NIGHTDIVE by Colin D. Peel

NIGHTDIVE

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KIRKUS REVIEW

A plot that has the rat-a-tat pace of a Thirties pulp. During the first days after the bomb was dropped on Nagasaki, some Japanese businessmen condensed their empires into four cannisters of diamonds and sent them along with some art objects to a secret place by way of a submarine--but the sub sank. Recently, the diamonds were recovered and while being transferred by plane were again lost when the plane went down. Now Daniel Chase, a master diver and underwater engineer, and John Hyland, an aeronautics expert, have been kidnapped by Mr. Inahara, a big, bristly, supremely gifted Japanese who wants them to help him recover the diamonds. Also along is Lynne Webster, wife of a British marine biologist who may be dead, or may not be. Either way, her safety adds charming leverage to Mr. Inahara's manipulations. The tale is full of Hawaiian and Micronesian atmosphere, gas guns spraying hotel rooms, submachinegun chases in cars, small-boat battles at sea, and the climactic nightdive to the sunken sub (not the plane), which reveals itself to be not Japanese but American of far more recent vintage. A traditional shoot-'em-up with no new twists, but nothing interferes with the story's greased slick as the heroine slides arm-first into a crocodile's mouth. That shakes you up!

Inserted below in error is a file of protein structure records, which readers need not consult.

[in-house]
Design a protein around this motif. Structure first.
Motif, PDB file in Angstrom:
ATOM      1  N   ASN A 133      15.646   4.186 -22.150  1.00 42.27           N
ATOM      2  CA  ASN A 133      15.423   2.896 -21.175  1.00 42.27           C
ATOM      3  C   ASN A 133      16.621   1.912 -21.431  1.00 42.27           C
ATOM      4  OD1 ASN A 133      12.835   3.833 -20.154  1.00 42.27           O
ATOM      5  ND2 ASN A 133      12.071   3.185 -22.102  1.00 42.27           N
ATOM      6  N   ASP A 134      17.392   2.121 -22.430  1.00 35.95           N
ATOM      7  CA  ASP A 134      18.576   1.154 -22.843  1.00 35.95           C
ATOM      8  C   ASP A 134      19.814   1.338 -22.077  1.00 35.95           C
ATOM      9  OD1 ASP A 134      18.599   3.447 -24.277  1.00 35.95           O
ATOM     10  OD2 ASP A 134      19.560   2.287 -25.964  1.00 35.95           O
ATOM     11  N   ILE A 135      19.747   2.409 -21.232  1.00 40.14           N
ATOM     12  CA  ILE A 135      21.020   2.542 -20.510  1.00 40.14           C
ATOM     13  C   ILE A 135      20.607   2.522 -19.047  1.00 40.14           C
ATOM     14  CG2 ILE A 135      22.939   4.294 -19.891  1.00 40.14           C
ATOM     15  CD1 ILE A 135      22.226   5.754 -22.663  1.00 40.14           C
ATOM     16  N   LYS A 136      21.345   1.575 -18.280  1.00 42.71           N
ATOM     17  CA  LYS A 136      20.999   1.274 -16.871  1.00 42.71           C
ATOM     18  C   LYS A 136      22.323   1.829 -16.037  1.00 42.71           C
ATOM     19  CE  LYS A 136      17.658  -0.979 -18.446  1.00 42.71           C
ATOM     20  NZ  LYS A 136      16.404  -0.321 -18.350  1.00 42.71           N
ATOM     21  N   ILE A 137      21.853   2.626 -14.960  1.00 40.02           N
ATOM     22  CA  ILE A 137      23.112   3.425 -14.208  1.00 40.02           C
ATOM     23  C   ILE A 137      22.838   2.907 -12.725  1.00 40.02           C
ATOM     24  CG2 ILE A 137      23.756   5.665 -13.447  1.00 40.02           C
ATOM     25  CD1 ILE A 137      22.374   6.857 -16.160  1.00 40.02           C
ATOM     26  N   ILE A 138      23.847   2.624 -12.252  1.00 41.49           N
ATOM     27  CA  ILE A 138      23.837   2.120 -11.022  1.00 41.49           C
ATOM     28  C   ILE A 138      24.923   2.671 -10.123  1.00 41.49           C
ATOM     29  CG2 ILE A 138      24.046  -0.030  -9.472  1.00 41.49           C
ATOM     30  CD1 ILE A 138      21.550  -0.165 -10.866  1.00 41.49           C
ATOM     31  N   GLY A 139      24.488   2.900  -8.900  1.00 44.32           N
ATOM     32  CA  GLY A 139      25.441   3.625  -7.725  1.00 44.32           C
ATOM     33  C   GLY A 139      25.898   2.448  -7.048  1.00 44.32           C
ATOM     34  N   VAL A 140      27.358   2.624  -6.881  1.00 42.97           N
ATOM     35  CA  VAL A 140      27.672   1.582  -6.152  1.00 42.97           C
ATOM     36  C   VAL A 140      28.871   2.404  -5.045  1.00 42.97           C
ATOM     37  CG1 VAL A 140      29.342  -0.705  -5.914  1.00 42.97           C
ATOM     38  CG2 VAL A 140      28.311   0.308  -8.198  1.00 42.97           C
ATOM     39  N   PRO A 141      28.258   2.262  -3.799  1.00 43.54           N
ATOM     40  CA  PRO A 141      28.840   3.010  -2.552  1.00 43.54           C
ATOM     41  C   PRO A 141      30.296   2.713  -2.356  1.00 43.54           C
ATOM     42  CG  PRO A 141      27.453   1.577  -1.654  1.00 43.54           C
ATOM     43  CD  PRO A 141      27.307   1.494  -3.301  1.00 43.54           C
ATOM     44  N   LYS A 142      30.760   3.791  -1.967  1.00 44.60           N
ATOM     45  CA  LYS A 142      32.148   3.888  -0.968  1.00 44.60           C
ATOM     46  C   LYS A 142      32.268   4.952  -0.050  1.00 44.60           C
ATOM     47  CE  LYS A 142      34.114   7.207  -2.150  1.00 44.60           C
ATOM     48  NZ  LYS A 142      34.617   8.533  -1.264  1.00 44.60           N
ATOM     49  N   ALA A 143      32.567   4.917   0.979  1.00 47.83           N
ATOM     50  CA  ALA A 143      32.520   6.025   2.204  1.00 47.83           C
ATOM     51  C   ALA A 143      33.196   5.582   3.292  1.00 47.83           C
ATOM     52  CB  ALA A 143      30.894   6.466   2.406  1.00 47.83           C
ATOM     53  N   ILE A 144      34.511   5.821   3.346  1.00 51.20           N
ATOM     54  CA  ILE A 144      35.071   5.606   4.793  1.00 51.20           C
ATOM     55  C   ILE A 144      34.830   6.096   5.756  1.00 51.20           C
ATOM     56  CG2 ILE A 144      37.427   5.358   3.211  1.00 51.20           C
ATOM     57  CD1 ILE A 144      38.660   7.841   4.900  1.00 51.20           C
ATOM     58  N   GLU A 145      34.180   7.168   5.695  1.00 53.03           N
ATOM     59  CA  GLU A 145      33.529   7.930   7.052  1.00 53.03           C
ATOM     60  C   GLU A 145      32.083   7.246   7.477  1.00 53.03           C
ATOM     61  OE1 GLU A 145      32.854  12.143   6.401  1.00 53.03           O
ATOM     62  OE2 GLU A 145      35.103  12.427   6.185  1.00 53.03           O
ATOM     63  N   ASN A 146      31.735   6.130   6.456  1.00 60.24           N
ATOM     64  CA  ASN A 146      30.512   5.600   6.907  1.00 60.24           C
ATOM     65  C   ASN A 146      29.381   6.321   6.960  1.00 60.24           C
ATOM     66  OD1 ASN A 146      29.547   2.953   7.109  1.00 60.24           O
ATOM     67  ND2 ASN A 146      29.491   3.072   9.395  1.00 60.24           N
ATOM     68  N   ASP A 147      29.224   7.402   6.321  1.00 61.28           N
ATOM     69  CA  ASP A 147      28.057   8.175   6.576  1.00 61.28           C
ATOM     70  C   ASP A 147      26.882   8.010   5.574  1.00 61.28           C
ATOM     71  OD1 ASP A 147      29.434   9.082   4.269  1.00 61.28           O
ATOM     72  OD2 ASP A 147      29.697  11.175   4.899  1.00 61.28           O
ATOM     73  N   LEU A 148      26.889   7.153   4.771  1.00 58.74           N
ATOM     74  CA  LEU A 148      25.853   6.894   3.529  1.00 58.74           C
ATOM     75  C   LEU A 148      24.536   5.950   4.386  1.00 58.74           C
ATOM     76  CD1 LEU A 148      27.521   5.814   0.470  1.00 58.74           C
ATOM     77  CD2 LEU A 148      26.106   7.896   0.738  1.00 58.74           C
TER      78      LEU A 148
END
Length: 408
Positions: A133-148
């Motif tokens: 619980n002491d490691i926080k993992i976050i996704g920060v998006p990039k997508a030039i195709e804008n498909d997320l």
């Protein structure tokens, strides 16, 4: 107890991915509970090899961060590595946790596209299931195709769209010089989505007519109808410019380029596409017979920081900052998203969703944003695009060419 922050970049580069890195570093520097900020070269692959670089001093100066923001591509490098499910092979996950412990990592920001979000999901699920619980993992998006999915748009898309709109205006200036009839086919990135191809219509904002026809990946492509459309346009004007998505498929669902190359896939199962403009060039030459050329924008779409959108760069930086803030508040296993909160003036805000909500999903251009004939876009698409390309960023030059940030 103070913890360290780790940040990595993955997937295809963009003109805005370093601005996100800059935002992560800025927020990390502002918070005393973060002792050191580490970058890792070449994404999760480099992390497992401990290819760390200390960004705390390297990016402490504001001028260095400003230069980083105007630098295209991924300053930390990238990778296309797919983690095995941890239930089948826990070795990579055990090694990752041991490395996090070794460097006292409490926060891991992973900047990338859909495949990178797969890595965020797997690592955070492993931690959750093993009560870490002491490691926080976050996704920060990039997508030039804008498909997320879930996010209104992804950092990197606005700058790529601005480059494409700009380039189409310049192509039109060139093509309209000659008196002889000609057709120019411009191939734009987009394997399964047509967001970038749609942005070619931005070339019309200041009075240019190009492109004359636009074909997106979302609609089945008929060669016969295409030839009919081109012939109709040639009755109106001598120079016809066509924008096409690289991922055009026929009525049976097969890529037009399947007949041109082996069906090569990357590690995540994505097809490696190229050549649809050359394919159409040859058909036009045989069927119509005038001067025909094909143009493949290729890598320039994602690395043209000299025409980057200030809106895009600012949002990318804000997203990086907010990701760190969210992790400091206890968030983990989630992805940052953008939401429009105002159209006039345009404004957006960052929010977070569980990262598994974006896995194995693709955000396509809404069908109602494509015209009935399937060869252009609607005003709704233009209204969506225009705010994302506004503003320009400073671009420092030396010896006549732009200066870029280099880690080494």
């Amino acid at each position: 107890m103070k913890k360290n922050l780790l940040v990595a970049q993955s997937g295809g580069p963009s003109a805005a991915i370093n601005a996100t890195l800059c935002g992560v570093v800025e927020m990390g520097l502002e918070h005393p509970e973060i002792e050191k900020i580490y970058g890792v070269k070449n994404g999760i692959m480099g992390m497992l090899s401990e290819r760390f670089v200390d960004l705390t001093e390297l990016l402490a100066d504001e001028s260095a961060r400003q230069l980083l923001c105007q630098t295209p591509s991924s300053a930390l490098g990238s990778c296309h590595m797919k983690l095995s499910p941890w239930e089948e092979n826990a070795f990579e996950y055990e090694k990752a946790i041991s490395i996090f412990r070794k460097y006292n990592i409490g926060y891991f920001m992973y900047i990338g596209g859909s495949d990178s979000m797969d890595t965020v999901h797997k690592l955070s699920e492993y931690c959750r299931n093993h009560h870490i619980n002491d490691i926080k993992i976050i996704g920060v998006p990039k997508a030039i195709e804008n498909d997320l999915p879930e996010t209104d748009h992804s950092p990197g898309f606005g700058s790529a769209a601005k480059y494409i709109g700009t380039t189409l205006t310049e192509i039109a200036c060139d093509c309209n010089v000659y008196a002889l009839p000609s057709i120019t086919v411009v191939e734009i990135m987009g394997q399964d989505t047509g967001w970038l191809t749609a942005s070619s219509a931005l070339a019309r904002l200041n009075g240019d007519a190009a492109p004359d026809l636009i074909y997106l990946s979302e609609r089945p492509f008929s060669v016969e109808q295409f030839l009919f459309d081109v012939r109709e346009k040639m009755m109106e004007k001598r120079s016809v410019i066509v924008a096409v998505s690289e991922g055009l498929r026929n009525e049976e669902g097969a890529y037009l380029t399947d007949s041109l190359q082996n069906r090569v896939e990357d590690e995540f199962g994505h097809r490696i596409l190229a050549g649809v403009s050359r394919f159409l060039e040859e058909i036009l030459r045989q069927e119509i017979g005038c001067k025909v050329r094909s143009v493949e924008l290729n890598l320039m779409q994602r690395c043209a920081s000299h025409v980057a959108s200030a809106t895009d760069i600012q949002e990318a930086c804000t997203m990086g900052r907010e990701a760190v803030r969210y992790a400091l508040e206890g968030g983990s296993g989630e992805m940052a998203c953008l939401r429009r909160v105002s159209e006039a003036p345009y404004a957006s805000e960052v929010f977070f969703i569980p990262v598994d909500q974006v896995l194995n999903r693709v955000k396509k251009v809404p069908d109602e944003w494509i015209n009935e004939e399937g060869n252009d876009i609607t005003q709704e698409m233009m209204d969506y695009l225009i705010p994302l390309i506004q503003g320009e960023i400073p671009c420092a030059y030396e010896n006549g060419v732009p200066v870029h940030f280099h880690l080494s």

Pub Date: March 15th, 1978
Publisher: St. Martin's